A government bill to reform the Resource Management Act is expected to pass its first vote in parliament on Tuesday afternoon.
The Resource Management Amendment Bill includes streamlining Auckland's first unitary plan, a six-month time limit for councils to process consents for medium-sized projects, and easier direct referral to the Environment Court for major regional projects.
Councils will also be required to show they have carried out a thorough cost-benefit analysis in their planning decisions, including an assessment of the impact on local employment and the economy.
Local Government Minister Amy Adams, who is behind the bill, says that's because local-level resource management decisions can have far-reaching effects on economic growth and jobs.
The bill is expected to pass its first reading on Tuesday and be referred to a select committee for the public to make decisions.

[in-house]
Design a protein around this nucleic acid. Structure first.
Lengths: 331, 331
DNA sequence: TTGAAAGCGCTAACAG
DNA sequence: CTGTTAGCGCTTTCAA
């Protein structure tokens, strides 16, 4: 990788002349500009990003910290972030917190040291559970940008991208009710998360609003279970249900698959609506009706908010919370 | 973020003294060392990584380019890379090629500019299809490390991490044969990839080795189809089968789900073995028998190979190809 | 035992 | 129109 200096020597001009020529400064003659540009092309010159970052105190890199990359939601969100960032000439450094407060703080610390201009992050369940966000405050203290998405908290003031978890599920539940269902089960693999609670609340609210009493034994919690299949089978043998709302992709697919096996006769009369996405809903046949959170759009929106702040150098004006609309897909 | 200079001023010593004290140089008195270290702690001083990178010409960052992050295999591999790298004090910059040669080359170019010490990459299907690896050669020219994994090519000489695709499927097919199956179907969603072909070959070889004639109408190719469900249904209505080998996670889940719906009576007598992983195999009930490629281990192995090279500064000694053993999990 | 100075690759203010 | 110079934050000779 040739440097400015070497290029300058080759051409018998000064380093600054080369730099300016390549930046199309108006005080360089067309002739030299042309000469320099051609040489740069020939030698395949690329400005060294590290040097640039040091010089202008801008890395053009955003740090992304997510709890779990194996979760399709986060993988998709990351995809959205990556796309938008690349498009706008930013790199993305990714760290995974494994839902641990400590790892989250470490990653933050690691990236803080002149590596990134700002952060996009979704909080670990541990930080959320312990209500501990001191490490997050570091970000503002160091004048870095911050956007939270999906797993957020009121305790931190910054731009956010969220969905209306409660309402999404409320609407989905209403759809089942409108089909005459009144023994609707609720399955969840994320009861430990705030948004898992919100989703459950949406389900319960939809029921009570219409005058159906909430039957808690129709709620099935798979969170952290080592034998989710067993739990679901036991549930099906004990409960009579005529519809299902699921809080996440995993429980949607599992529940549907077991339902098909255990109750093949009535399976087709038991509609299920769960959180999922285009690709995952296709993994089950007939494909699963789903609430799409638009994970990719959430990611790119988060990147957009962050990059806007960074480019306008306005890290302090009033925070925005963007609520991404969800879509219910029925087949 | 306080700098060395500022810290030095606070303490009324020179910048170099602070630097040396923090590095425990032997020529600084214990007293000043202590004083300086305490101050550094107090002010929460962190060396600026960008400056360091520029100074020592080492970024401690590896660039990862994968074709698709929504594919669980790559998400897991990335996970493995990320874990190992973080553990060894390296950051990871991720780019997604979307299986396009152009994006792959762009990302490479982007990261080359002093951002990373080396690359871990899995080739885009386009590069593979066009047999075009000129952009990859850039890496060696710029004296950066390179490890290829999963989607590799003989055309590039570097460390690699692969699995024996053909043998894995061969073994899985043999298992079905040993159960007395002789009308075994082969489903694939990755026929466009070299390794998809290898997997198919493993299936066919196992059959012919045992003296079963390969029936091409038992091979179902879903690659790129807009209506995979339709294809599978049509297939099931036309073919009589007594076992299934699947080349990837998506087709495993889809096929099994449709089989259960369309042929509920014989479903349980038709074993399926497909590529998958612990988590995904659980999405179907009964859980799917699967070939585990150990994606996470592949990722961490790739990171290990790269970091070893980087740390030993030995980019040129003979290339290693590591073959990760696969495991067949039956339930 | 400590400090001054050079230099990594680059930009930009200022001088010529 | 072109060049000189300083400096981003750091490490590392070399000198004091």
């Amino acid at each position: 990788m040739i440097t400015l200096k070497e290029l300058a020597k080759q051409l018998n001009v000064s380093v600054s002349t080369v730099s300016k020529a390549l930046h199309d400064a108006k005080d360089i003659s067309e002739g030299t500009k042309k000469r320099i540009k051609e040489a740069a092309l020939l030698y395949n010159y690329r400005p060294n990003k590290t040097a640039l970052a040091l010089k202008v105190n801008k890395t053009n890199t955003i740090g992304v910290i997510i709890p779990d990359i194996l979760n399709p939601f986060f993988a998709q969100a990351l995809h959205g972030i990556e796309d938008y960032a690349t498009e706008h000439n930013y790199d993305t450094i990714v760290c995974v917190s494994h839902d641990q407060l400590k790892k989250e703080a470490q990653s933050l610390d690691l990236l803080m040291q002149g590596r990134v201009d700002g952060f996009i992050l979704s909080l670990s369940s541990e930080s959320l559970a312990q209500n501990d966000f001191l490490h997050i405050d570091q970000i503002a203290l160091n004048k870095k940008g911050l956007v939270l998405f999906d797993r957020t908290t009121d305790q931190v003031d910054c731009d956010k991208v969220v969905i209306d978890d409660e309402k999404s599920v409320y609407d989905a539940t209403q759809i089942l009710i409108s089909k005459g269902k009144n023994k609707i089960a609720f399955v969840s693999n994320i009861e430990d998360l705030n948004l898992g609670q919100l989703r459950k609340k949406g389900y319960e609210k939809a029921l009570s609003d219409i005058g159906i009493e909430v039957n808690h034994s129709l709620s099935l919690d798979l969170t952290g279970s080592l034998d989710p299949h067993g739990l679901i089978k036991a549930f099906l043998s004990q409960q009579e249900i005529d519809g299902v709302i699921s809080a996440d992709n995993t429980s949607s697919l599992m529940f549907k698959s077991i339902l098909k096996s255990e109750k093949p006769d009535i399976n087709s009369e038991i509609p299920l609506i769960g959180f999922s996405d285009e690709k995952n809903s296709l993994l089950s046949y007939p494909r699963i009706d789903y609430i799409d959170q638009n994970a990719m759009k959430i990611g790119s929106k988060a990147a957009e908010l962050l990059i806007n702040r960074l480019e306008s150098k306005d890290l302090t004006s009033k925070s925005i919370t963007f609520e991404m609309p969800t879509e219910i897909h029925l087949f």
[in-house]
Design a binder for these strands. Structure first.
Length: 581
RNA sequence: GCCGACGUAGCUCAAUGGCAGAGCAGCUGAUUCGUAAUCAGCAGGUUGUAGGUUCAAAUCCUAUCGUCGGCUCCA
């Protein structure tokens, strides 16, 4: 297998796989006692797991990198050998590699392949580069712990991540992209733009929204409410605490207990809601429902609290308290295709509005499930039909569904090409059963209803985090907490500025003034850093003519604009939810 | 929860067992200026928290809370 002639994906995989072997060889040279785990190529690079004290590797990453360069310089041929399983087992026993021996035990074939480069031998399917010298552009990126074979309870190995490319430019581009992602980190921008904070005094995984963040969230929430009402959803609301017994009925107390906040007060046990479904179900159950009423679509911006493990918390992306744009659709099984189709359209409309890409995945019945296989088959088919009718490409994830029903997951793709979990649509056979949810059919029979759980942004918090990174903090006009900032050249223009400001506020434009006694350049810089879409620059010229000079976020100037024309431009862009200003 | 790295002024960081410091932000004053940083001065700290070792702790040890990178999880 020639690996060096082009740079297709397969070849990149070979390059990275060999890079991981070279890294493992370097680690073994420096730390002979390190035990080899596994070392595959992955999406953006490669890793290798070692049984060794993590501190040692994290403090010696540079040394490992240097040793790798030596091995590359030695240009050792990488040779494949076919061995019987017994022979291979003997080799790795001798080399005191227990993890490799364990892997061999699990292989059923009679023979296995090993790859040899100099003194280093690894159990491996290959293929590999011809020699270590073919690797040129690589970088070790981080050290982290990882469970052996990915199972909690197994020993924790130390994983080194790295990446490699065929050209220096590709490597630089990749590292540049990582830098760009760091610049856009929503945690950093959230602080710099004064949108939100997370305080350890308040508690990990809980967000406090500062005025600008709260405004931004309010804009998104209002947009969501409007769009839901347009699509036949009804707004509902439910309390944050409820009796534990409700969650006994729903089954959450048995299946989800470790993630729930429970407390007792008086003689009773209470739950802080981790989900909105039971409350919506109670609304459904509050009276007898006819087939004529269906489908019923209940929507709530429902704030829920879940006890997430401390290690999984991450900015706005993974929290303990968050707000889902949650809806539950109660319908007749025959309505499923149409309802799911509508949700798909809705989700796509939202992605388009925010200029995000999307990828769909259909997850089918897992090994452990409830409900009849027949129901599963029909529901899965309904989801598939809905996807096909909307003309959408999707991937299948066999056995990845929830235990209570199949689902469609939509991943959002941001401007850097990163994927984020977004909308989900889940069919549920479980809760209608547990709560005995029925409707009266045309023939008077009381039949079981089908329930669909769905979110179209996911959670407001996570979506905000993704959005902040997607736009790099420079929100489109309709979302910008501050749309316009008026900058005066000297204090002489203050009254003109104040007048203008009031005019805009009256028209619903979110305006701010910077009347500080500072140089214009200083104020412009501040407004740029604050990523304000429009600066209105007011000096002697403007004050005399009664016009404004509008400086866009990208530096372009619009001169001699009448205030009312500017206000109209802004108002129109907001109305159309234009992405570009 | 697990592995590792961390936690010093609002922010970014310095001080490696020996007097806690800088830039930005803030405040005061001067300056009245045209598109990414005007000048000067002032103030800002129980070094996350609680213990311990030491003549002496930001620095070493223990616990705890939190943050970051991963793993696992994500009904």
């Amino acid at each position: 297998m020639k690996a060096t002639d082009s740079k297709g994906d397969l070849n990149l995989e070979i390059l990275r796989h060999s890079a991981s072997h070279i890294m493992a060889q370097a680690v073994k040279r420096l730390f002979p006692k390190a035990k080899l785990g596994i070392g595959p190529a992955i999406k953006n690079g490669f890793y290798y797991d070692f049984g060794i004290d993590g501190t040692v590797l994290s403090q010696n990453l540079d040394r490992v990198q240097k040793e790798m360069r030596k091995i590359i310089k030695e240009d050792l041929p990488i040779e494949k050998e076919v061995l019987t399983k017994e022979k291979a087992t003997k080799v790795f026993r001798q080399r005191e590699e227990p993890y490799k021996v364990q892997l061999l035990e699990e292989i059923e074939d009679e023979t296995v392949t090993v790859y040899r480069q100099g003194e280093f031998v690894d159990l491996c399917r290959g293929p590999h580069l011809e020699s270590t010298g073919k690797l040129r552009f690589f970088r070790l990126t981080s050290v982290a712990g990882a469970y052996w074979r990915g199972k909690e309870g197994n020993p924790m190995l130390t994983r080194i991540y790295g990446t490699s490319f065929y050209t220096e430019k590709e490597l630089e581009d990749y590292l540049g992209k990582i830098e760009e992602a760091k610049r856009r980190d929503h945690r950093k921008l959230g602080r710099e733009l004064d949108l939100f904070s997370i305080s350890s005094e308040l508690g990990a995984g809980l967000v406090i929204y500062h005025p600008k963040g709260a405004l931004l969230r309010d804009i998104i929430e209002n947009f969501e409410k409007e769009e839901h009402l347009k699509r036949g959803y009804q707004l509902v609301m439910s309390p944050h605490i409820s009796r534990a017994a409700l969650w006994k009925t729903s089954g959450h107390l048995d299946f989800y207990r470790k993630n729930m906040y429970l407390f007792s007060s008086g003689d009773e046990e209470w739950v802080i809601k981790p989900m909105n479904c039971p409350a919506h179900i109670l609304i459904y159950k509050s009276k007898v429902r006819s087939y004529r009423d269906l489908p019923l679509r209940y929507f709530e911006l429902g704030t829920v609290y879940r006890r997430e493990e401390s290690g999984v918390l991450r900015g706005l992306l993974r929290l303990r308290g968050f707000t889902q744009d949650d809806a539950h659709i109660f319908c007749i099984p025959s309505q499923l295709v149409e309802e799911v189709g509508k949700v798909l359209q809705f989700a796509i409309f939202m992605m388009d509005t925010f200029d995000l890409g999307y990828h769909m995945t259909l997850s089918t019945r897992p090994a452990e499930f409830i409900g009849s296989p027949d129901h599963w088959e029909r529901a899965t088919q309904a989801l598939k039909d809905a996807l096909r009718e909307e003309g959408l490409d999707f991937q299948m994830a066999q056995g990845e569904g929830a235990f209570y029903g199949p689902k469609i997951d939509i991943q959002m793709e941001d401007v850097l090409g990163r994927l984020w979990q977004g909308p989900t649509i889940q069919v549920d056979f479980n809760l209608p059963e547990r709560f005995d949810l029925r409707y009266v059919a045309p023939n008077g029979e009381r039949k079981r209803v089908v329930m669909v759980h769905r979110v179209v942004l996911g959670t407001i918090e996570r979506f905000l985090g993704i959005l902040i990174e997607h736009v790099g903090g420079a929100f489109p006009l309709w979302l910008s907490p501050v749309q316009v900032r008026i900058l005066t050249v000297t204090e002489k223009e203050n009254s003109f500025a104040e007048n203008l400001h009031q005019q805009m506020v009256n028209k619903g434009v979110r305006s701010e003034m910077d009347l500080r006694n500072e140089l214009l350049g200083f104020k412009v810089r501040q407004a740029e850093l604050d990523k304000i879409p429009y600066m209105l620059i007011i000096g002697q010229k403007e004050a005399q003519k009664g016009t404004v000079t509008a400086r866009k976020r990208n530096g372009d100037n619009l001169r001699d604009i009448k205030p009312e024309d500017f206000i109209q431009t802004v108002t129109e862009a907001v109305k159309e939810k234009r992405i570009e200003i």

The government is also planning further substantial reforms to the Resource Management Act, with a focus on avoiding unnecessary costs and delays, and uncertainty over decisions, along with freshwater reform.
Further details on those proposals will be released early next year.
Changes to the Resource Management Act are part of National's confidence and supply deal with the ACT Party, agreed after last year's election.